Crispy Baked Tofu with Broccoli is a wonderful, vegetarian sheet pan meal that can easily be made vegan and gluten-free with a few basic modifications. It’s an incredibly satisfying, flavorful meal that never grows old. I could eat it for dinner every night! This crispy baked tofu recipe is a simple sheet pan dinner that also makes great leftovers.
I’ve written before that I love tofu and wish naysayers would give it a chance, so I’m hesitant to be redundant. However, I’m going to say it again because this is serious business! This crispy baked tofu is a simple sheet pan dinner that also makes great leftovers. You should try it.
I’ve been working with From The Farmer for over 4 years, and it has been a pleasure to watch their business grow. In addition to delivering fresh local produce to MD/DC/VA residents every week, they now have a huge online marketplace that offers meats, seafood, baked goods, dairy, and pantry items.
I’m in love with so many marketplace items. A few favorites:
- Hot dogs from Brooklyn Hot Dog Company. YOU GUYS. These remind me of the Icelandic hot dogs from Baejarins Beztu Pylsur, which I’ve been reminiscing about since my visit in 2008. They’re long and thin with the snappiest skin you can possibly imagine. I’m obsessed.
- Maple Cinnamon Granola from Paisley Fig. The pastry chef went to L’Academie de Cuisine, my culinary school, and I’m wondering if I can get her secret to this incredibly flaky, delicate granola if I schmooze long enough. I often find granola to be heavy. This is light and addicting.
- Fire Cider from Shire City Herbals. My friend Carrie turned me onto fire cider when I thought I was coming down with a cold. This stuff has made me a believer.
- The various bottled shrubs from Shrub District. While I do love making my own, these are an excellent alternative since I often don’t have time. They’re great in both cocktails or with seltzer water. I love the unique flavor combos they come up with!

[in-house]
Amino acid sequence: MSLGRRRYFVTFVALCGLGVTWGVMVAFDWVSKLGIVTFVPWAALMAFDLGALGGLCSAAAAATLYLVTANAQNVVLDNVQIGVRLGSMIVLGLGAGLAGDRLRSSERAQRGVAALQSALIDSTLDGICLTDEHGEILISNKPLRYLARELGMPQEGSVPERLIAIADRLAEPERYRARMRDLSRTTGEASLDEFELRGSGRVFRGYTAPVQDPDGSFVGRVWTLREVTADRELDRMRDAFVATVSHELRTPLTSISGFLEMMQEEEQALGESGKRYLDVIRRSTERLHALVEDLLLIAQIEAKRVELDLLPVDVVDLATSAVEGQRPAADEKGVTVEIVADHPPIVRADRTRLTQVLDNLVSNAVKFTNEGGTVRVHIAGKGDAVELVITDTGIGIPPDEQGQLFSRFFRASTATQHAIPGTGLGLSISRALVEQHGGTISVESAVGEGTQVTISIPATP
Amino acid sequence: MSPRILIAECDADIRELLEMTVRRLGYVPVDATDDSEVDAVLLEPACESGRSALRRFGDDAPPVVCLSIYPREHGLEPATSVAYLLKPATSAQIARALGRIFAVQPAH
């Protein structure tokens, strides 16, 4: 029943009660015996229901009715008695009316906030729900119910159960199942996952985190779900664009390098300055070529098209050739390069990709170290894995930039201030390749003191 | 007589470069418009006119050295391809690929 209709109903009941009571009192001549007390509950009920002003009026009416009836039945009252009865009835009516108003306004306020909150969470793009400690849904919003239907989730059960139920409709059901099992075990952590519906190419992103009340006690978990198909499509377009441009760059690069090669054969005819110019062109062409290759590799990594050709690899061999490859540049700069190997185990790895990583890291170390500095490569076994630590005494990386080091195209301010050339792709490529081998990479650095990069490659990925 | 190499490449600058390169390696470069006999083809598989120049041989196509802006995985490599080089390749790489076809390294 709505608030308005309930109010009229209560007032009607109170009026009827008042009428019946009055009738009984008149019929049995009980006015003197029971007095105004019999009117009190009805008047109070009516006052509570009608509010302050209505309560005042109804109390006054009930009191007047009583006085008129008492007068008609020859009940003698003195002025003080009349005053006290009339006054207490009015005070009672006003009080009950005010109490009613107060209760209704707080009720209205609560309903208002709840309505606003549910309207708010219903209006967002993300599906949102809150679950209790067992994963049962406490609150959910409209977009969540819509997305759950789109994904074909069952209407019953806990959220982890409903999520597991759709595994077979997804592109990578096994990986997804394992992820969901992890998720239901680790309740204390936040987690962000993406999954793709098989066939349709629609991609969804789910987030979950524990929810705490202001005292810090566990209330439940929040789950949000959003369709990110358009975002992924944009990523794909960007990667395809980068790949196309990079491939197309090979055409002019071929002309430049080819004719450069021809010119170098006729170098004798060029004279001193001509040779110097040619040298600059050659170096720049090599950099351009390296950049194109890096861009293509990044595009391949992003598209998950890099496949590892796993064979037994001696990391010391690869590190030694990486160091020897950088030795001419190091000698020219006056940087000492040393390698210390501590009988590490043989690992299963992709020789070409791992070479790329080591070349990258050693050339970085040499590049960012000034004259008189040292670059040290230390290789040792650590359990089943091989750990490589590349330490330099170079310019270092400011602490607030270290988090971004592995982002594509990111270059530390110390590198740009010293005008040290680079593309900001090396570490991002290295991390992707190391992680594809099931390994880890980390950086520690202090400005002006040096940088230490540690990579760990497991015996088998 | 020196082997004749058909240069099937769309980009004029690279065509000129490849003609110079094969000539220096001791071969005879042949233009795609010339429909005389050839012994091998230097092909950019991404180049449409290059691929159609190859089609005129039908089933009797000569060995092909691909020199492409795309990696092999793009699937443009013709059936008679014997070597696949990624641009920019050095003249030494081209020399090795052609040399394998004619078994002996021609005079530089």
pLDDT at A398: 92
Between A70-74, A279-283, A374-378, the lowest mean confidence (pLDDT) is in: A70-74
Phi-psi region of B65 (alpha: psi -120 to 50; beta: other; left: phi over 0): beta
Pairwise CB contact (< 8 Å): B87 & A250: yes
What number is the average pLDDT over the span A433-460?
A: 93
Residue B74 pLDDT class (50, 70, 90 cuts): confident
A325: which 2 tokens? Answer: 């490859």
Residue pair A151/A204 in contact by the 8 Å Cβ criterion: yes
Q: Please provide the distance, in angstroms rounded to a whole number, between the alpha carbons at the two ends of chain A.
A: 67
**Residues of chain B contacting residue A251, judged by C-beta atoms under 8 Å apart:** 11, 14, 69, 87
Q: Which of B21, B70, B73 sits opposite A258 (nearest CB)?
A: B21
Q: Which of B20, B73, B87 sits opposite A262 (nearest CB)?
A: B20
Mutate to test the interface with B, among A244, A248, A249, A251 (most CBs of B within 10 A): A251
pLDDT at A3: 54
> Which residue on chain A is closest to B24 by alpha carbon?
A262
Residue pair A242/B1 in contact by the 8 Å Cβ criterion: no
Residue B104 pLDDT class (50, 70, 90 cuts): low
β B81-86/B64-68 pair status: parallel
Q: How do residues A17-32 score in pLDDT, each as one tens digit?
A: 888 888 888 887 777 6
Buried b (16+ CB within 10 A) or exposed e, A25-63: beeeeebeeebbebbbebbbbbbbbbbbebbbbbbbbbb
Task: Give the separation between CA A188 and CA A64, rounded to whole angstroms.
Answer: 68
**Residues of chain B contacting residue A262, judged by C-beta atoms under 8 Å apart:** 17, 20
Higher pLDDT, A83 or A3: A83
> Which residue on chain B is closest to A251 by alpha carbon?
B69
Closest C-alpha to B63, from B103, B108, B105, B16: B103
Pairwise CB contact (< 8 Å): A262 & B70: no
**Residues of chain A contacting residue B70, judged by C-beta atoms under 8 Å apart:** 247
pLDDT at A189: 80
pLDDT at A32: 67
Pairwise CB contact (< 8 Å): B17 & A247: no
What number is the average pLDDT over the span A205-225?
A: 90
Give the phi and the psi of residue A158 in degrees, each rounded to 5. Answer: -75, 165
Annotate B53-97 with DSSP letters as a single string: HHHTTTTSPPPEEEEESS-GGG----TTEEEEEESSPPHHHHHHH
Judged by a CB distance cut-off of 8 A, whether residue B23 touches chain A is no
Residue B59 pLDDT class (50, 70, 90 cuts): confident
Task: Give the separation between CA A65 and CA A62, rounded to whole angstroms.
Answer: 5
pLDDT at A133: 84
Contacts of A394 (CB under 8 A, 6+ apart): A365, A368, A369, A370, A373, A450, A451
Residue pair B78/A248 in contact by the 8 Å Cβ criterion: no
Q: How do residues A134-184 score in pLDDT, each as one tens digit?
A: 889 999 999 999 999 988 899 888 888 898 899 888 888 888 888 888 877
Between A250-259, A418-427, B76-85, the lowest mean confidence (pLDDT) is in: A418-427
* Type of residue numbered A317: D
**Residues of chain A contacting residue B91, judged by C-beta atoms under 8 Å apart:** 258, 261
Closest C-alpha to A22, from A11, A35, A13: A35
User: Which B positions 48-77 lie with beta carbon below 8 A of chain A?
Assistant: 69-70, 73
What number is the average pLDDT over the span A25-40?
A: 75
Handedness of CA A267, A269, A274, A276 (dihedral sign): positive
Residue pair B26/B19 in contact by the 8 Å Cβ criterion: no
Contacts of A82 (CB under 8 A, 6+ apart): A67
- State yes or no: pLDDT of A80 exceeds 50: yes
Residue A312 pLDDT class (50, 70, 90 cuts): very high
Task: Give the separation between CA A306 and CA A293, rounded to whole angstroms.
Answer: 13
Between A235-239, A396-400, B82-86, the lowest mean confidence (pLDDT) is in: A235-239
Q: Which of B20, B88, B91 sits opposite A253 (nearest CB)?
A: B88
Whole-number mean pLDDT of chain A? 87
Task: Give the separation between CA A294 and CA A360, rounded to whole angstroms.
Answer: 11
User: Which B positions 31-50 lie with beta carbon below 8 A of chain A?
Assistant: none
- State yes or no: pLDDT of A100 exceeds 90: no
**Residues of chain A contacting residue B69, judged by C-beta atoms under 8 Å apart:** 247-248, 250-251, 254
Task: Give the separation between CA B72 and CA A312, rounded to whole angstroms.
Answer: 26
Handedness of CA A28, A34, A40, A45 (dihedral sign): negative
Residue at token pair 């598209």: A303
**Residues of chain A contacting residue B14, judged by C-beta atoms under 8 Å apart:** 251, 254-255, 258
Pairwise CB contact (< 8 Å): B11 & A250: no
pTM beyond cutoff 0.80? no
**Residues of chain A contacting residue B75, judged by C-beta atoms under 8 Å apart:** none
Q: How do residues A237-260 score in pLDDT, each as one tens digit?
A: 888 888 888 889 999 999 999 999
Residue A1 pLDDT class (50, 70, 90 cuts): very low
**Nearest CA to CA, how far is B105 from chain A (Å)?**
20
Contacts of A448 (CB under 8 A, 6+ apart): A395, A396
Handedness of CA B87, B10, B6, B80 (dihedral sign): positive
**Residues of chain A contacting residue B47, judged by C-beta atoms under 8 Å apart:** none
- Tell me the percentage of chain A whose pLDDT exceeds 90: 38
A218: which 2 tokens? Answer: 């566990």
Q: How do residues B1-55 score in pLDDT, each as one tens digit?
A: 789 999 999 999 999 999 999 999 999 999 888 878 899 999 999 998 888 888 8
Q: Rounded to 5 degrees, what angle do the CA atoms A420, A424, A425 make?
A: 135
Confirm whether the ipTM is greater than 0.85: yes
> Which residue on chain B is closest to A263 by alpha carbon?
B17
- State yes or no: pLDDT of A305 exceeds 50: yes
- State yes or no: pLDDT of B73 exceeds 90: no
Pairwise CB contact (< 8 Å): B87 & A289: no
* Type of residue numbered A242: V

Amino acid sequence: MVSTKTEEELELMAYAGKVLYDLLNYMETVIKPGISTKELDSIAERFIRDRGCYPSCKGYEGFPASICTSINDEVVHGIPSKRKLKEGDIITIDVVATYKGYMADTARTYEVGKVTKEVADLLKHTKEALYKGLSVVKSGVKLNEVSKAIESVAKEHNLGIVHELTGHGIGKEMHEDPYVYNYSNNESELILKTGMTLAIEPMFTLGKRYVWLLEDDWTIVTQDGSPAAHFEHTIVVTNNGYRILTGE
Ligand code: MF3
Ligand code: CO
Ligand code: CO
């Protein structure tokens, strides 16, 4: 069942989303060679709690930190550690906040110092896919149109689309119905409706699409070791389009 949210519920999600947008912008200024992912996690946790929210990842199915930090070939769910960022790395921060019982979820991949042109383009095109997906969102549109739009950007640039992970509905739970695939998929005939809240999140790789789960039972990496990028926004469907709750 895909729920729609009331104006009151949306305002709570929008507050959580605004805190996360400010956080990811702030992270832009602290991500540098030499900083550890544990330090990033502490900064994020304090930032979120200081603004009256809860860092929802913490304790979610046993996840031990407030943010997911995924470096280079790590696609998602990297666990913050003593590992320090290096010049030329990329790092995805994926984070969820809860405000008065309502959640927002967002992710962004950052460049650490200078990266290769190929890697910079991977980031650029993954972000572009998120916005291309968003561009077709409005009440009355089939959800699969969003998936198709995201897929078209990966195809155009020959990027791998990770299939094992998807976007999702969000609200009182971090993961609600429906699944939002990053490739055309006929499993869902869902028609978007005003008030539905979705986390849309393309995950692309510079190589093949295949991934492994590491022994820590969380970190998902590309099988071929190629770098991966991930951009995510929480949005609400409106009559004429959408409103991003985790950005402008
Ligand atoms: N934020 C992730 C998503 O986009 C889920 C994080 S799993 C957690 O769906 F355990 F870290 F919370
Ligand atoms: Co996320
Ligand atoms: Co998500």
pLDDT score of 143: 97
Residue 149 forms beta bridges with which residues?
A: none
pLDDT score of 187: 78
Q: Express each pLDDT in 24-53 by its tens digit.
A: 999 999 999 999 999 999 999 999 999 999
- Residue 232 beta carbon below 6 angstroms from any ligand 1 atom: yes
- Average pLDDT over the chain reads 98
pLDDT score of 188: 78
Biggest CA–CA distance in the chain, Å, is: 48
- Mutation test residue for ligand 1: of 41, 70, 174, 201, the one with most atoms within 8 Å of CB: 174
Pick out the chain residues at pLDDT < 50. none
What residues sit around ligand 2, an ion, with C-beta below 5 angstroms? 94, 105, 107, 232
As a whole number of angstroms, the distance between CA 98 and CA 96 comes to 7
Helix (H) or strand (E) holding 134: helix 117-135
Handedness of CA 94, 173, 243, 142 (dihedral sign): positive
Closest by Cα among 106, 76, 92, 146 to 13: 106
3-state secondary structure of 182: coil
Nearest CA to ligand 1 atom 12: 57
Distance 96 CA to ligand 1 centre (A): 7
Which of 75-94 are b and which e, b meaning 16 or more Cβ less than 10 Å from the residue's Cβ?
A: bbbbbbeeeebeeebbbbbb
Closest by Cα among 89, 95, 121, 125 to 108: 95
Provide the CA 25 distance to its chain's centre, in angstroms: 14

- Smoked Coho Salmon from Cold Country Salmon.
- Tofu by Fresh Tofu, Inc. Used in today’s recipe!
What is a delivery CSA?
If you’re wondering what a local delivery CSA is and how it works, I lay all of the details out in this post (which also includes one of my favorite fall soup recipes: chorizo, spinach and white bean).
Wondering if you’re in From The Farmer’s delivery zone? Plug in your address on this page to find out!
Crispy Baked Tofu Recipe Notes
- For the crispiest tofu, you want to press out as much of the water as possible. In addition to helping the outside crisp up, this will also help the tofu absorb the flavors of the marinade.
- To make this recipe vegan and/or gluten-free, use light agave nectar instead of honey, and tamari instead of soy sauce. Make sure to serve over a gluten-free grain, such as quinoa or rice.
Green Onions vs. Scallions
This recipe calls for scallions. Wondering about the difference between scallions and green onions? Read scallions vs. green onions to learn more!
Crispy Baked Tofu with Broccoli
For the crispy baked tofu: